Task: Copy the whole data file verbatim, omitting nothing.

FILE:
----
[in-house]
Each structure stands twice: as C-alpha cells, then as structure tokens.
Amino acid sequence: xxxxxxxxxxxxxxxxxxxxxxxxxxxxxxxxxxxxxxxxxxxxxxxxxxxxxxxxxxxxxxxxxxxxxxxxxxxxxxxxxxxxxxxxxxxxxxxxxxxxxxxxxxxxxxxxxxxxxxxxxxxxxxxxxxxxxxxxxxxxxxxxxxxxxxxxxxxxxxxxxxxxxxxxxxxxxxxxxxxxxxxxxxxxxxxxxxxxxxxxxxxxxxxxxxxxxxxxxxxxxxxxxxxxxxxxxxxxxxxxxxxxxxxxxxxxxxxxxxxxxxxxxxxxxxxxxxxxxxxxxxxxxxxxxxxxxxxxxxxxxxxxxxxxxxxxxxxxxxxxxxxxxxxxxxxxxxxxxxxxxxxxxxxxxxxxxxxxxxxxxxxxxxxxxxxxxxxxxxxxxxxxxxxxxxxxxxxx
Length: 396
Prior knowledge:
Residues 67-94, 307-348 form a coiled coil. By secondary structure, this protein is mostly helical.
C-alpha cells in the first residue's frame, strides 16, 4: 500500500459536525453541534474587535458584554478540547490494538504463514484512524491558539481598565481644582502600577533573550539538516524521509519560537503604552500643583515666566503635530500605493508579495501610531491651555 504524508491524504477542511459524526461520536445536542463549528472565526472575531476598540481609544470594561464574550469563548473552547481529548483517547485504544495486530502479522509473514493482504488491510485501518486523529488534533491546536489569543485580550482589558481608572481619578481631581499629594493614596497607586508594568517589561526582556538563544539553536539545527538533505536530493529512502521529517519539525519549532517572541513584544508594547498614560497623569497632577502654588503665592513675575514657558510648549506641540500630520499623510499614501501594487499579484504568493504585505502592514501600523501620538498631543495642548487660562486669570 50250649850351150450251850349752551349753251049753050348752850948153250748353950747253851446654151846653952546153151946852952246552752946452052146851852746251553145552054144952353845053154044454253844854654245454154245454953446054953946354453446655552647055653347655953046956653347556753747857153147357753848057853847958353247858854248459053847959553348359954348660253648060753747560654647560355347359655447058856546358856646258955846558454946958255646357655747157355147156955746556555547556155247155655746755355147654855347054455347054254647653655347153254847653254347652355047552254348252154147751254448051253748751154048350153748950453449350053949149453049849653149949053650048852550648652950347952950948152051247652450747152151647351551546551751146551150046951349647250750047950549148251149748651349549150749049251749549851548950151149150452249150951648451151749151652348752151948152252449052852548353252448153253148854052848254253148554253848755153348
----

[in-house]
Each structure stands twice: as C-alpha cells, then as structure tokens.
Amino acid sequence: xxxxxxxxxxxxxxxxxxxxxxxxxxxxxxxxxxxxxxxxxxxxxxxxxxxxxxxxxxxxxxxxxxxxxxxxxxxxxxxxxxxxxxxxxxxxxxxxxxxxxxxxxxxxxxxxxxxxxxxxxxxxxxxxxxxxxxxxxxxxxxxxxxxxxxxxxxxxxxxxxxxxxxxxxxxxxxxxxxxxxxxxxxxxxxxxxxxxxxxxxxxxxxxxxxxxxxxxxxxxxxxxxxxxxxxxxxxxxxxxxxxxxxxxxxxxxxxxxxxxxxxxxxxxxxxxxxxxxxxxxxxxxxxxxxxxxxxxxxxxxxxxxxxxxxxxxxxxxxxxxxxxxxxxxxxxxxxxxxxxxxxxxxxxxxxxxxxxxxxxxxxxxxxxxxxxxxxxxxxxxxxxxxxxxxxxxxxx
Length: 396
Prior knowledge:
Residues 67-94, 307-348 form a coiled coil. By secondary structure, this protein is mostly helical.
C-alpha cells in the first residue's frame, strides 16, 4: 500500500459536525453541534474587535458584554478540547490494538504463514484512524491558539481598565481644582502600577533573550539538516524521509519560537503604552500643583515666566503635530500605493508579495501610531491651555 504524508491524504477542511459524526461520536445536542463549528472565526472575531476598540481609544470594561464574550469563548473552547481529548483517547485504544495486530502479522509473514493482504488491510485501518486523529488534533491546536489569543485580550482589558481608572481619578481631581499629594493614596497607586508594568517589561526582556538563544539553536539545527538533505536530493529512502521529517519539525519549532517572541513584544508594547498614560497623569497632577502654588503665592513675575514657558510648549506641540500630520499623510499614501501594487499579484504568493504585505502592514501600523501620538498631543495642548487660562486669570 50250649850351150450251850349752551349753251049753050348752850948153250748353950747253851446654151846653952546153151946852952246552752946452052146851852746251553145552054144952353845053154044454253844854654245454154245454953446054953946354453446655552647055653347655953046956653347556753747857153147357753848057853847958353247858854248459053847959553348359954348660253648060753747560654647560355347359655447058856546358856646258955846558454946958255646357655747157355147156955746556555547556155247155655746755355147654855347054455347054254647653655347153254847653254347652355047552254348252154147751254448051253748751154048350153748950453449350053949149453049849653149949053650048852550648652950347952950948152051247652450747152151647351551546551751146551150046951349647250750047950549148251149748651349549150749049251749549851548950151149150452249150951648451151749151652348752151948152252449052852548353252448153253148854052848254253148554253848755153348